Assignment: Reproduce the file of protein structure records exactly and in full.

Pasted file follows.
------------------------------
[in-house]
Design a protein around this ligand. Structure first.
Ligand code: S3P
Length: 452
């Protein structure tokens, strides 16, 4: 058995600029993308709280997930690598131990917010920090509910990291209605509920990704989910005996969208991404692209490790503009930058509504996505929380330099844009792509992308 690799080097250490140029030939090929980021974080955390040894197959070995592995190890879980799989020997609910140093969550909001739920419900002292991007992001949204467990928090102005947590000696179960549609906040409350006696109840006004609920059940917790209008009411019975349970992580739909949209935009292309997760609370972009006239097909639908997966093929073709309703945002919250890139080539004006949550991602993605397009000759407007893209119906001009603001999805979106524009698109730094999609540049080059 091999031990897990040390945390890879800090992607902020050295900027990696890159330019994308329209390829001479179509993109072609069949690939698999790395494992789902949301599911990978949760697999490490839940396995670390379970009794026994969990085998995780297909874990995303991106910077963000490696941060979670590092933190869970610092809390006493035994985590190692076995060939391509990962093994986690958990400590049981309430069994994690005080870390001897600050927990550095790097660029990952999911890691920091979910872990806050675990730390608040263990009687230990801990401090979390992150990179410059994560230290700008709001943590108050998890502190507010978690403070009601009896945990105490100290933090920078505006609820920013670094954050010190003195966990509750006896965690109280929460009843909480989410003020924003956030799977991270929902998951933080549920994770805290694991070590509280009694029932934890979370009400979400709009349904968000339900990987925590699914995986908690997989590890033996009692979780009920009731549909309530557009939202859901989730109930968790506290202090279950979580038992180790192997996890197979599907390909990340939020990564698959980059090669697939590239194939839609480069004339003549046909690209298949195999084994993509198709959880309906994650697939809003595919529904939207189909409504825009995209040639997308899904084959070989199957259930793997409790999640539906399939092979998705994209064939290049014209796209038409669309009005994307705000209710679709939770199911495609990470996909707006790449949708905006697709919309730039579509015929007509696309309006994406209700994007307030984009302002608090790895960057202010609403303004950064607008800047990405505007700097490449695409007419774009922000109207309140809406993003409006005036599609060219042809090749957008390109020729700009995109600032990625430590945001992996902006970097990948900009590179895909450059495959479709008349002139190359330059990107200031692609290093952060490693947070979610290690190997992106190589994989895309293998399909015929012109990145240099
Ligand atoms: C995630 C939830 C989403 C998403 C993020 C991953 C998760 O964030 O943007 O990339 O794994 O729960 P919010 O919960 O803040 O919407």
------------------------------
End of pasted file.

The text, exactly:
[in-house]
Design a protein around this ligand. Structure first.
Ligand code: S3P
Length: 452
């Protein structure tokens, strides 16, 4: 058995600029993308709280997930690598131990917010920090509910990291209605509920990704989910005996969208991404692209490790503009930058509504996505929380330099844009792509992308 690799080097250490140029030939090929980021974080955390040894197959070995592995190890879980799989020997609910140093969550909001739920419900002292991007992001949204467990928090102005947590000696179960549609906040409350006696109840006004609920059940917790209008009411019975349970992580739909949209935009292309997760609370972009006239097909639908997966093929073709309703945002919250890139080539004006949550991602993605397009000759407007893209119906001009603001999805979106524009698109730094999609540049080059 091999031990897990040390945390890879800090992607902020050295900027990696890159330019994308329209390829001479179509993109072609069949690939698999790395494992789902949301599911990978949760697999490490839940396995670390379970009794026994969990085998995780297909874990995303991106910077963000490696941060979670590092933190869970610092809390006493035994985590190692076995060939391509990962093994986690958990400590049981309430069994994690005080870390001897600050927990550095790097660029990952999911890691920091979910872990806050675990730390608040263990009687230990801990401090979390992150990179410059994560230290700008709001943590108050998890502190507010978690403070009601009896945990105490100290933090920078505006609820920013670094954050010190003195966990509750006896965690109280929460009843909480989410003020924003956030799977991270929902998951933080549920994770805290694991070590509280009694029932934890979370009400979400709009349904968000339900990987925590699914995986908690997989590890033996009692979780009920009731549909309530557009939202859901989730109930968790506290202090279950979580038992180790192997996890197979599907390909990340939020990564698959980059090669697939590239194939839609480069004339003549046909690209298949195999084994993509198709959880309906994650697939809003595919529904939207189909409504825009995209040639997308899904084959070989199957259930793997409790999640539906399939092979998705994209064939290049014209796209038409669309009005994307705000209710679709939770199911495609990470996909707006790449949708905006697709919309730039579509015929007509696309309006994406209700994007307030984009302002608090790895960057202010609403303004950064607008800047990405505007700097490449695409007419774009922000109207309140809406993003409006005036599609060219042809090749957008390109020729700009995109600032990625430590945001992996902006970097990948900009590179895909450059495959479709008349002139190359330059990107200031692609290093952060490693947070979610290690190997992106190589994989895309293998399909015929012109990145240099
Ligand atoms: C995630 C939830 C989403 C998403 C993020 C991953 C998760 O964030 O943007 O990339 O794994 O729960 P919010 O919960 O803040 O919407």